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Fidelity Gene

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How many times have you been flipping through the channels on your television set when you catch a glimpse of an all too familiar talk show like Maury, Ricki Lake, or Jenny Jones? Of course, curiosity sets in which causes you to stop and watch for a moment. It is then that you realize that today’s topic is “Maury, help me find out if my boyfriend is cheating on me!” Yes, I will admit that I, just like most people, get sucked in and end up watching the rest of the show thinking “Man, I would hate to be in her shoes.” Sadly, we all know of at least one person that has been cheated on, or even worse, we’ve been the one whose been cheated on. We can all agree that cheating is just one more social problem that plagues our society today, but can infidelity be regarded as a medical condition? Can it be diagnosed and cured? It is common belief that at the rate that technology is improving and our vast knowledge through research is growing, science along with psychology may one day be able to cure just about everything… even infidelity in humans.

Before jumping into the case of infidelity, let’s first look at a different type of medical condition found in humans, autism. Autism is a disease that causes mild to strong abnormalities among social interaction in humans. Those suffering from autism, about 0.02% to 0.05% of the population, usually cannot communicate well with others or form normal relationships because they are unaware of the needs and feelings of other people. In short, autistic people cannot achieve normal contact outside of their own being and thus, usually do not make friends. Because of this inability to make friends, autistic children usually partake in repetitious activities (“Autism,” Encyclopedia Encarta). For example, they may be able to entertain themselves for quite some time by turning a light switch on and off over and over again or spinning around in circles.

At one point in time, autism was classified as a psychological disorder caused by a very strong traumatic experience in the early development of the child. Such an experience would cause the child to close himself off to the world and live in some sort of make-believe or fantasy world where he could not be traumatized again. New research disproves this early theory and now indicates that autism is possibly caused by defects in the structure and function of the brain. Usually, those suffering from autism have low blood flow to certain sections of the brain and have reduced numbers of specific brain cells. There also seems to be a link between relatives with or without autism. In other words, a family with one autistic child is likely to have another child with the same disorder (“Autism,” Encyclopedia Encarta). These two ideas suggest that mutations in genes are important in causing autism. Thus, a cure for autism may lye at the hands of finding a way to mutate these genes back into “normal” genes like those found in the brains of those not suffering from autism (Kettlewell, 2004).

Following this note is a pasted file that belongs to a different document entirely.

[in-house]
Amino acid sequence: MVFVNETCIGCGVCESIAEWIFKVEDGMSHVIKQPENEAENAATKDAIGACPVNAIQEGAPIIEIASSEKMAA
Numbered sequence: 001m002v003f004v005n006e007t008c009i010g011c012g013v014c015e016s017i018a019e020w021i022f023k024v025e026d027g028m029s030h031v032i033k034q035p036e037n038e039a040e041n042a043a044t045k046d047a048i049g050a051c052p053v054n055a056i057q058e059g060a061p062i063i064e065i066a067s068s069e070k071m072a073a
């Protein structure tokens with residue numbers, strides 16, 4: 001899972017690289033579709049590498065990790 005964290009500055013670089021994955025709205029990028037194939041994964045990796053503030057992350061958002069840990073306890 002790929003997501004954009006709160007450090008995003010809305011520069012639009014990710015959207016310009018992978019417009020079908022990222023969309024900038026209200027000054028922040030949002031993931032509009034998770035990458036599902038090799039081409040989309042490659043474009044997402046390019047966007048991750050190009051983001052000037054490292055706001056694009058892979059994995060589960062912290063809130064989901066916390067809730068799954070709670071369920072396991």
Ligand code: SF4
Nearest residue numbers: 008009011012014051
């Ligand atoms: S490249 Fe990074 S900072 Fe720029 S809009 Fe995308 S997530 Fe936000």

So by now you might be asking yourself, “What does all of this talk about autism have to do with cheating boyfriends?” Surprisingly, the two may have more in common than you think. In a very radical view, infidelity can be thought of as a very mild form of autism. Now before you discredit the rest of this article you must realize that a person suffering from autism may not be totally hindered by their disorder. In fact, some of these people can live independently as adults with very mild symptoms of the disease (“Autism,” Encyclopedia Encarta). Obviously, not all adulterous males are autistic, but both autism and infidelity can be thought of as social disorders. How? Well, as you may remember, one of the characteristics of autistic people is that they do not realize that other people have feelings or needs. Similarly, “cheaters” do not take into consideration that their actions may hurt those that they are unfaithful to. Moreover, autistic people usually cannot form normal, long lasting relationships. This often results in isolation and detachment unless something (such as nourishment) is absolutely needed for survival from a second party. Likewise, those who are unfaithful usually do not want mental or emotional relationships from their partners; all they want is to fulfill their physical desires. This comparison leads us to believe that a cure for autism, in its mildest form, may also be a “cure” for infidelity.

Unfortunately, as of now there is no cure for autism, but there are treatments that may reduce its symptoms. One such treatment is the use of such medications like antipsychotic drugs that minimize abusive behavior, drugs that increase chemicals of the brain which cause decreases in compulsive behaviors, or other drugs that lessen the severity of the symptoms of autism altogether (“Autism,” Encyclopedia Encarta). Of more importance,

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